The American Library Association announced this year’s winners for the Caldecott (illustrator) and Newbery (author) awards for children’s literature. The book A Sick Day for Amos McGee which I posted about last week, won the Caldecott. Sometimes books can be simple and sweet without the harsher realities of the world and offer children a nice escape into a world where everyone is kind to one another. If you follow this blog, you know I really enjoyed it, but I thought David Weisner’s Art and Max was a little better. Of course, Weisner has already won 3 Caldecott Medals, so maybe they decided to skip him this year. I wouldn’t be surprised if we see him again soon. What was a pleasant surprise was the Laura Ingalls Wilder award. The Wilder Award honors an author or illustrator whose books, published in the United States, have made, over a period of years, a substantial and lasting contribution to literature for children, and this year’s winner was Tomie dePaola; it’s a fine coincidence that second grade is currently involved in a dePaola author study. It’s often quite exciting to observe children when they have a close connection to current events. Below are a few of dePaola’s better known titles. Another author/illustrator known for simple and sweet. I haven’t read this year’s Newbery winner Moon Over Manifest, but it sounds good, and perhaps I should grab a copy. Hopefully it’s as good as the last two winners.
I have to add this book to my top 10 of 2010 list. I don’t know which book I’d bump out, but this one would definitely make my top 10 … A Sick Day for Amos McGee (Stead/Stead). Simple and sweet with illustrations that evoke picture books of the past. I highly recommend this book to anyone who’s interested in creating caring classroom climates (I apologize for that alliteration. It was completely accidental).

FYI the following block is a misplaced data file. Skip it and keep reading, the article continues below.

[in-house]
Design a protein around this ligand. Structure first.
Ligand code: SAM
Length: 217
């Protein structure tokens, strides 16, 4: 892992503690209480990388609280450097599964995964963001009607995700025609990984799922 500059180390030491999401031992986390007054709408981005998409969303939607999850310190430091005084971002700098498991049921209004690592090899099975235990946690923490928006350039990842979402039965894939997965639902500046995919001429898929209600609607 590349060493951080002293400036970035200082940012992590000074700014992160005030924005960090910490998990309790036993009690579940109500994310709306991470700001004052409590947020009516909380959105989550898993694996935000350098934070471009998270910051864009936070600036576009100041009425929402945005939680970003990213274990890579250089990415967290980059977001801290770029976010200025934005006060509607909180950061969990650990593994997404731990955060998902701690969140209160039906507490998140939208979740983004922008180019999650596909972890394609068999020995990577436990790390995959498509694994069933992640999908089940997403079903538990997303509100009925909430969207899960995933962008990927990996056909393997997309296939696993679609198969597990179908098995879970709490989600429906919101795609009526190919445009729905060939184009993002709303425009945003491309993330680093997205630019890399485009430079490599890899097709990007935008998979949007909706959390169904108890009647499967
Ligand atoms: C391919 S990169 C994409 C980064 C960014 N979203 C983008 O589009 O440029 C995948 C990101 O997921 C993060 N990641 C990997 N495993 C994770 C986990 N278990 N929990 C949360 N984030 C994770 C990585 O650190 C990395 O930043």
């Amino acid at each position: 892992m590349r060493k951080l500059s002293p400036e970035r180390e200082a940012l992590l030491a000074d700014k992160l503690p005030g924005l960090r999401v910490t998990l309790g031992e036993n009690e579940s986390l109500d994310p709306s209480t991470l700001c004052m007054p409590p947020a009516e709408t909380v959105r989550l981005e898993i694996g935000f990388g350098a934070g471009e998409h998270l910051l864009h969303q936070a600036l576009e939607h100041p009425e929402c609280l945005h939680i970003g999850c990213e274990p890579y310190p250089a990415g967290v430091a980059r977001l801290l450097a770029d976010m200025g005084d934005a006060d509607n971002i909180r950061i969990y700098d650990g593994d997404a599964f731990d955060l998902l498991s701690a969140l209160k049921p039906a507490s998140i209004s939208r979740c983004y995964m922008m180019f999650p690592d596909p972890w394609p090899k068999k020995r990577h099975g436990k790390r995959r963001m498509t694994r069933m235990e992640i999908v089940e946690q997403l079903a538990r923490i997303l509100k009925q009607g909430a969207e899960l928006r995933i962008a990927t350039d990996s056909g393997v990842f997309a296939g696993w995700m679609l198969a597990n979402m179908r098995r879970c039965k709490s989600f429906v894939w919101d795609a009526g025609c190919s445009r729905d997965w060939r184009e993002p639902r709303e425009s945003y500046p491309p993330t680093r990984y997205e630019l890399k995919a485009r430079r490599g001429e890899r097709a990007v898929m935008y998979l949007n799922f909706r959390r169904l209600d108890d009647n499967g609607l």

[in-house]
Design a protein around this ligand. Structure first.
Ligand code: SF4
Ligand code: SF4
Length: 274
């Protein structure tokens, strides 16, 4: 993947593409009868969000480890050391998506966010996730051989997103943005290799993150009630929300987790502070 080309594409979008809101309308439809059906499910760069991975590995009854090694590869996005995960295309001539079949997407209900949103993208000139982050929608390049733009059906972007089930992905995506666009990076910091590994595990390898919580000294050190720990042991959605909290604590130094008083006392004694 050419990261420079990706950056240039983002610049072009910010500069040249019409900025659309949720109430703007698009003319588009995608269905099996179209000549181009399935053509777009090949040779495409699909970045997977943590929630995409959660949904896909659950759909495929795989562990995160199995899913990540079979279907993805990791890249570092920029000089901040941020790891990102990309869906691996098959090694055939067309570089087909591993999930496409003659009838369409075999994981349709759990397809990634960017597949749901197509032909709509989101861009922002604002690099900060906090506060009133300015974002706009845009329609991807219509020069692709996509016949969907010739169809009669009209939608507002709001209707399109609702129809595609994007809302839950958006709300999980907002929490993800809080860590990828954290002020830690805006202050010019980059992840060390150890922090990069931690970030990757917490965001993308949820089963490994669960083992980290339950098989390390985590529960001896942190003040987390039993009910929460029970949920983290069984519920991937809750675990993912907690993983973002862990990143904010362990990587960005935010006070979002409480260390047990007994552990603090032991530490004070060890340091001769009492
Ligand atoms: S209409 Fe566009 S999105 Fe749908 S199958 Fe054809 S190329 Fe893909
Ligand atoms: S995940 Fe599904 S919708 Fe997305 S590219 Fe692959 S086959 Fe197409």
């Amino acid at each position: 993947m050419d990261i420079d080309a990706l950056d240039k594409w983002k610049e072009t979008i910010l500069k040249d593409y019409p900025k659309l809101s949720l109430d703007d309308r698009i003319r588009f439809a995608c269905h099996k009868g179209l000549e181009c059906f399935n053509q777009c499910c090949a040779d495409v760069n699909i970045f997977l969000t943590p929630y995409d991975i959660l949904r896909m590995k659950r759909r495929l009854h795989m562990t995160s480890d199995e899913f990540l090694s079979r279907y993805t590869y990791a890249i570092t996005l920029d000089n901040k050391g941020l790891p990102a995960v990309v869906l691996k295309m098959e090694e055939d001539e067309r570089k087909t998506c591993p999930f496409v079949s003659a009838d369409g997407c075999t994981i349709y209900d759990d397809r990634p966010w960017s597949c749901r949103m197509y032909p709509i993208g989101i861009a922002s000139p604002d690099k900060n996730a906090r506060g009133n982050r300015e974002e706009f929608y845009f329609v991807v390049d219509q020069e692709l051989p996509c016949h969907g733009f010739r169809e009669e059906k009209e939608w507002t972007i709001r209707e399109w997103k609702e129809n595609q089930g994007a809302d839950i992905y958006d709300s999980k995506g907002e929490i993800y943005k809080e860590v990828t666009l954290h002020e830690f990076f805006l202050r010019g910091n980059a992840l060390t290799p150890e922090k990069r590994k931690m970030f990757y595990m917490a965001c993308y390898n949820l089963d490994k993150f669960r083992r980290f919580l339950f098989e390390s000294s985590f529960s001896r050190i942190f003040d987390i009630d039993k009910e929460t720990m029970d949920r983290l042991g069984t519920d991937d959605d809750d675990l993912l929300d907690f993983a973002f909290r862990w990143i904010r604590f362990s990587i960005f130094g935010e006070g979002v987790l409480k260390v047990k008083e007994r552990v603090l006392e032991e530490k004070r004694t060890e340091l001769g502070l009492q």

A while back I posted about an article I read in the New York Times about parents pushing their children out of picture books sooner. Trying to make homework more engaging this year, I read part of the article to the children and then asked them to read a picture book for homework and whether or not they agreed or disagreed with the parent who was quoted as saying, “My kid doesn’t need books with pictures anymore,” and why or why not?
Well the children (at least in my class) have spoken, and they unanimously disagreed with that parent. Then in groups of three to four they shared what they learned from those picture books, why they could be challenging, and whether or not they enjoyed the story. I included picture books that were fiction, non-fiction, as well as a few wordless books as well. It was a great experiment and one where their conversations about books this morning was great to observe.
One of my colleagues had a birthday today, and as part of a little treat I left for her, included was a picture book: David Weisner’s new one – Art and Max. If you haven’t read it yet, do yourself a favor and take a peek. He may end up being the first person to win the Caldecott 4 times. We’ll just have to wait and see.